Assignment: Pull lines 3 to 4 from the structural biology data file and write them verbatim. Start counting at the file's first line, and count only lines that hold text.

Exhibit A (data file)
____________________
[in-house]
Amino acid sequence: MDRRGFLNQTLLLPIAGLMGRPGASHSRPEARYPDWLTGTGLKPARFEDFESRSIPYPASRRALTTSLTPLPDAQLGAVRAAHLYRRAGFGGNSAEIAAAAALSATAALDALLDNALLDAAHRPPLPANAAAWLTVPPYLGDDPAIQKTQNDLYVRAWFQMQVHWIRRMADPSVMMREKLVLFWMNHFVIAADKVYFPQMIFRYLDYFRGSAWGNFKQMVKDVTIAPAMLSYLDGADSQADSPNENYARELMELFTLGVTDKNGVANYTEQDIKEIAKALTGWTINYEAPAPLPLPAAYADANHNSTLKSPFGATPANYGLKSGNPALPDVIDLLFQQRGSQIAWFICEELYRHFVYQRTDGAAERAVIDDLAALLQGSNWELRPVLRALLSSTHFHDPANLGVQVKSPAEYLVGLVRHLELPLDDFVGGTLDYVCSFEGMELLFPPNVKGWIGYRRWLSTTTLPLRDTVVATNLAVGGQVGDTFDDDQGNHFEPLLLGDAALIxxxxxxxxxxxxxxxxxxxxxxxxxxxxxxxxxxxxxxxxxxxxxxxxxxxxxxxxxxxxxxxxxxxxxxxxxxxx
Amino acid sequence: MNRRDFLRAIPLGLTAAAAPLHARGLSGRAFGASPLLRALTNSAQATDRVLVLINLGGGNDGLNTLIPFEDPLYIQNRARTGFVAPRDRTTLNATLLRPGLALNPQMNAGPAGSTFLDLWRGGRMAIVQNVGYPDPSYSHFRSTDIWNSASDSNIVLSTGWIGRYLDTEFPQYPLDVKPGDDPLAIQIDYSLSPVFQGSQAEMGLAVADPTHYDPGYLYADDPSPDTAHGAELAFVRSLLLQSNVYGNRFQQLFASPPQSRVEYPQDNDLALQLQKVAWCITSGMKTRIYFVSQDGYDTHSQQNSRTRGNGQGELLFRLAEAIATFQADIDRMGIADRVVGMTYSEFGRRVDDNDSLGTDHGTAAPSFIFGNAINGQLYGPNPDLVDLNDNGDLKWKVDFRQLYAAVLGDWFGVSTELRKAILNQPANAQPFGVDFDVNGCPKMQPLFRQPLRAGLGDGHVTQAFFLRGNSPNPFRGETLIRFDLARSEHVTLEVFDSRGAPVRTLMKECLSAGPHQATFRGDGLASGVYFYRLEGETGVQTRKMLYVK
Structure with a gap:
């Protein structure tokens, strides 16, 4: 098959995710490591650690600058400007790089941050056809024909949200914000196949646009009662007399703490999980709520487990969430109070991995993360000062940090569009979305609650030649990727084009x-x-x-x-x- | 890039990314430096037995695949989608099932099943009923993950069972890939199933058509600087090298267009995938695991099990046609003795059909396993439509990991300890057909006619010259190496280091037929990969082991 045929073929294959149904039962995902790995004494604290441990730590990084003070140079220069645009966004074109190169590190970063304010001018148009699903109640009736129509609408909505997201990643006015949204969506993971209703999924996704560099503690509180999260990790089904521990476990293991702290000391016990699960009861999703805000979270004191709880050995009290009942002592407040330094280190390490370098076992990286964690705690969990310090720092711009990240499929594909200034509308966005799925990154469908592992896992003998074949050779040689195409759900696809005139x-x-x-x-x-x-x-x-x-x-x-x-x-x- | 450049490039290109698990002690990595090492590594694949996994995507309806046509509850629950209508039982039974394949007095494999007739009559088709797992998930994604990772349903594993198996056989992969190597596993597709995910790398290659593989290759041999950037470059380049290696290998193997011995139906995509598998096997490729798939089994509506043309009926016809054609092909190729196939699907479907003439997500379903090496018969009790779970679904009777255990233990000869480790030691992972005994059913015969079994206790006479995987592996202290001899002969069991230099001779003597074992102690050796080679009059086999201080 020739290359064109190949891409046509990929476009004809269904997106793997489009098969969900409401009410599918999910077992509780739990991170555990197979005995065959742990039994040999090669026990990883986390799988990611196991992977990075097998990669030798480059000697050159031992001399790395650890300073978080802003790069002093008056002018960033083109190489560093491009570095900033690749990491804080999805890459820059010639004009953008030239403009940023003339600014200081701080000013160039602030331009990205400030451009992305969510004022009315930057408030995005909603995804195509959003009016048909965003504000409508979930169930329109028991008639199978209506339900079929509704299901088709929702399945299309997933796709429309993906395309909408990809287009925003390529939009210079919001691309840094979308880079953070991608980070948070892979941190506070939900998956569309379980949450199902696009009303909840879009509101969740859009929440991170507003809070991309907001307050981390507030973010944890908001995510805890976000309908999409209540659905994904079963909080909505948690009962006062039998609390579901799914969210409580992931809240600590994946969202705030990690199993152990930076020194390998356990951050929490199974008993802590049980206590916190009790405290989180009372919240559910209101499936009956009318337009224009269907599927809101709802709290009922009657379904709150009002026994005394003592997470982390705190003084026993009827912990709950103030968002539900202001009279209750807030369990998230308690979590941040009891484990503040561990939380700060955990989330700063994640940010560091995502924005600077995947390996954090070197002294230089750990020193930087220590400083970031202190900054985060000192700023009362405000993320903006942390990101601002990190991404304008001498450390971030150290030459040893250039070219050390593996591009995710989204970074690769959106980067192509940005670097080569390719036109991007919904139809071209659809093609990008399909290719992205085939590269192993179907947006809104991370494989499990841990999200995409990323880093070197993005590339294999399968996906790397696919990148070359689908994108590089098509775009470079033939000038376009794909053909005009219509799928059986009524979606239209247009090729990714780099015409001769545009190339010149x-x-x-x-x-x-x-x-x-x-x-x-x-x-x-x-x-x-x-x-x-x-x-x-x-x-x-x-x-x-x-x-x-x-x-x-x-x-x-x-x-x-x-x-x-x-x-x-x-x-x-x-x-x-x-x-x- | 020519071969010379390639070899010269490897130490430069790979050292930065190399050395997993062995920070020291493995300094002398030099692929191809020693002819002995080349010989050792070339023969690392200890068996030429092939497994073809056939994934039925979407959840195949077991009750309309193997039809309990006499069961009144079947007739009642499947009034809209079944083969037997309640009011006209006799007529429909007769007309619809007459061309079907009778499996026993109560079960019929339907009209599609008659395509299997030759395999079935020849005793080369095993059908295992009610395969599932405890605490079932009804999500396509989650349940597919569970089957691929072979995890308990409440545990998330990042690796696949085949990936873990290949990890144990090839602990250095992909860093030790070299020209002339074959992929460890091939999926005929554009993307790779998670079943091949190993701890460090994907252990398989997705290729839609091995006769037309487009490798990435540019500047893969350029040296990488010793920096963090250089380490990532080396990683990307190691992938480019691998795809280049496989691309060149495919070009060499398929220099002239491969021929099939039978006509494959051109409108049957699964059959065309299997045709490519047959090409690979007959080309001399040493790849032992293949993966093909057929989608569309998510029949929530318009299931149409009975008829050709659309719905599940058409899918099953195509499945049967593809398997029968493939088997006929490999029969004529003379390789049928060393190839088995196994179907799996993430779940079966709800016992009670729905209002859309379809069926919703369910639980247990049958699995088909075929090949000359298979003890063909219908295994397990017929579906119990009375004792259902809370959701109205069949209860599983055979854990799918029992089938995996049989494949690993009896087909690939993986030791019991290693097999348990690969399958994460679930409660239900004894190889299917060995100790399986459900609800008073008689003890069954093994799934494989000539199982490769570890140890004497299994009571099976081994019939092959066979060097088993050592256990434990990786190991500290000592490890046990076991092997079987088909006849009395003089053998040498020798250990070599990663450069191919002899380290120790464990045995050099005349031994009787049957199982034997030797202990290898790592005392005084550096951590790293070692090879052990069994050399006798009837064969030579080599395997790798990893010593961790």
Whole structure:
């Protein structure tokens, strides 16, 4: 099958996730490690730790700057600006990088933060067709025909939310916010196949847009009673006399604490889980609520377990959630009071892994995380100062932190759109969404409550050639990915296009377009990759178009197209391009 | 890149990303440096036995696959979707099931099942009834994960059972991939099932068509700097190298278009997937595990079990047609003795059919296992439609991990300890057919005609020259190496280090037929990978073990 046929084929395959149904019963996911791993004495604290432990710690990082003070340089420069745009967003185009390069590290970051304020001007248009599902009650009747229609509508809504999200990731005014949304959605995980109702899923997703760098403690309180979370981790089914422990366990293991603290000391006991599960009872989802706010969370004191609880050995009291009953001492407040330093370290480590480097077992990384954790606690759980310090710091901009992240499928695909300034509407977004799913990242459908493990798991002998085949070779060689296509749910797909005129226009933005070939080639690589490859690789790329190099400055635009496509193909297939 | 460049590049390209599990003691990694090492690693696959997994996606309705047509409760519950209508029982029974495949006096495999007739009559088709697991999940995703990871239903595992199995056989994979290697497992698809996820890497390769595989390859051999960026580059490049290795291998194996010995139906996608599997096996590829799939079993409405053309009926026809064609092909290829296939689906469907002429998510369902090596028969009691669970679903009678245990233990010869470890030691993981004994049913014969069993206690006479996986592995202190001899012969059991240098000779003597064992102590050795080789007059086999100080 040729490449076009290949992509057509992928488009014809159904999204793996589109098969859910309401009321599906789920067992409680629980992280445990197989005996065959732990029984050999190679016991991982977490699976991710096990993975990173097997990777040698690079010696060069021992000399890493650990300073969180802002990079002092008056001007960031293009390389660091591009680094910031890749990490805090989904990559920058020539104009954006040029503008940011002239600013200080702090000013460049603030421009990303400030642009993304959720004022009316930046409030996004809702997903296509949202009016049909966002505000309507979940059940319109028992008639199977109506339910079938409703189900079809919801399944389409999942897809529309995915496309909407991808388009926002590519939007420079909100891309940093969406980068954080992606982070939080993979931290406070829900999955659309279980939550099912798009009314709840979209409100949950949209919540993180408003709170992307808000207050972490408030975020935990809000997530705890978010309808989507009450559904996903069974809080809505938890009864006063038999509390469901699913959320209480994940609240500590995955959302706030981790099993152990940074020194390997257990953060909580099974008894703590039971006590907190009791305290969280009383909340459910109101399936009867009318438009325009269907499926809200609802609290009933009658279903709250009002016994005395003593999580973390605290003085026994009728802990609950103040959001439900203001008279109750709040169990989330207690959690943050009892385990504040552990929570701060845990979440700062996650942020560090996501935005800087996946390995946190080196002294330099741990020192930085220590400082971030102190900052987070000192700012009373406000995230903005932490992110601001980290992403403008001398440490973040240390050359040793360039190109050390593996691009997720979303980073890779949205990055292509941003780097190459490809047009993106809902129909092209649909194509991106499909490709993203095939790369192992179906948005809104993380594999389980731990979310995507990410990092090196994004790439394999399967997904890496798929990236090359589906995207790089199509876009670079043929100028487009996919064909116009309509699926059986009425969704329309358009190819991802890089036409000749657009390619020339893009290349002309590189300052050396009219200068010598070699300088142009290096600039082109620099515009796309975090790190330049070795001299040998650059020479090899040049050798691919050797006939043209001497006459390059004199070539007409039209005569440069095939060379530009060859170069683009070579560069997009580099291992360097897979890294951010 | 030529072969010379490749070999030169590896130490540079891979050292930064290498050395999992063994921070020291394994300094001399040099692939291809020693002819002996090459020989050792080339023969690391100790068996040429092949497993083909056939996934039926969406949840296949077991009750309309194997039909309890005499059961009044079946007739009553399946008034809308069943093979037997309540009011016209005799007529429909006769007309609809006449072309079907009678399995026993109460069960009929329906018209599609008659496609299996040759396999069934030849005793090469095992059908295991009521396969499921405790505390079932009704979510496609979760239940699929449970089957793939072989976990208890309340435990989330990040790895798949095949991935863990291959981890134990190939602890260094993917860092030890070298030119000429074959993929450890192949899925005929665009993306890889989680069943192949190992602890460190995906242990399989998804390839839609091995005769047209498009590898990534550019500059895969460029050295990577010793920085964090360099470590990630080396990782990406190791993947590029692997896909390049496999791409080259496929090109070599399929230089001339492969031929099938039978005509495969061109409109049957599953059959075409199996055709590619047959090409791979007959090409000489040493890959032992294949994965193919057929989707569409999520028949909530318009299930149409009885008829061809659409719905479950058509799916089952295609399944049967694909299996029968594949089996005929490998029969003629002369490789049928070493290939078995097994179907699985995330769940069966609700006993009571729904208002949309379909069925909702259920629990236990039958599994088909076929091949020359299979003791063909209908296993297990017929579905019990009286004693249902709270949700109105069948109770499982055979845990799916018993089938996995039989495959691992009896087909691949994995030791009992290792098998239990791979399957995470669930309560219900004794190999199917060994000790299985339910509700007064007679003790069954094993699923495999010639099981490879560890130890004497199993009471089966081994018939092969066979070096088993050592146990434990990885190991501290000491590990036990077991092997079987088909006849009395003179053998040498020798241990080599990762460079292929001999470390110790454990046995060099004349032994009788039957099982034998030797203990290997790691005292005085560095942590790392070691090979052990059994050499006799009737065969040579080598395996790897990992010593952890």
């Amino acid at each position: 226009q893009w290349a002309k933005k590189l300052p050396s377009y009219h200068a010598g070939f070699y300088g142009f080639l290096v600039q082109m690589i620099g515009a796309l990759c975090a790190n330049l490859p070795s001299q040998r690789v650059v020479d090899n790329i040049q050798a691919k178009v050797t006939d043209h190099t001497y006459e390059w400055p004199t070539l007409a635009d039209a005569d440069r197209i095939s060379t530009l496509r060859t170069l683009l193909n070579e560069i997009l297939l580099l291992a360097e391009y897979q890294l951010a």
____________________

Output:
Amino acid sequence: MNRRDFLRAIPLGLTAAAAPLHARGLSGRAFGASPLLRALTNSAQATDRVLVLINLGGGNDGLNTLIPFEDPLYIQNRARTGFVAPRDRTTLNATLLRPGLALNPQMNAGPAGSTFLDLWRGGRMAIVQNVGYPDPSYSHFRSTDIWNSASDSNIVLSTGWIGRYLDTEFPQYPLDVKPGDDPLAIQIDYSLSPVFQGSQAEMGLAVADPTHYDPGYLYADDPSPDTAHGAELAFVRSLLLQSNVYGNRFQQLFASPPQSRVEYPQDNDLALQLQKVAWCITSGMKTRIYFVSQDGYDTHSQQNSRTRGNGQGELLFRLAEAIATFQADIDRMGIADRVVGMTYSEFGRRVDDNDSLGTDHGTAAPSFIFGNAINGQLYGPNPDLVDLNDNGDLKWKVDFRQLYAAVLGDWFGVSTELRKAILNQPANAQPFGVDFDVNGCPKMQPLFRQPLRAGLGDGHVTQAFFLRGNSPNPFRGETLIRFDLARSEHVTLEVFDSRGAPVRTLMKECLSAGPHQATFRGDGLASGVYFYRLEGETGVQTRKMLYVK
Structure with a gap: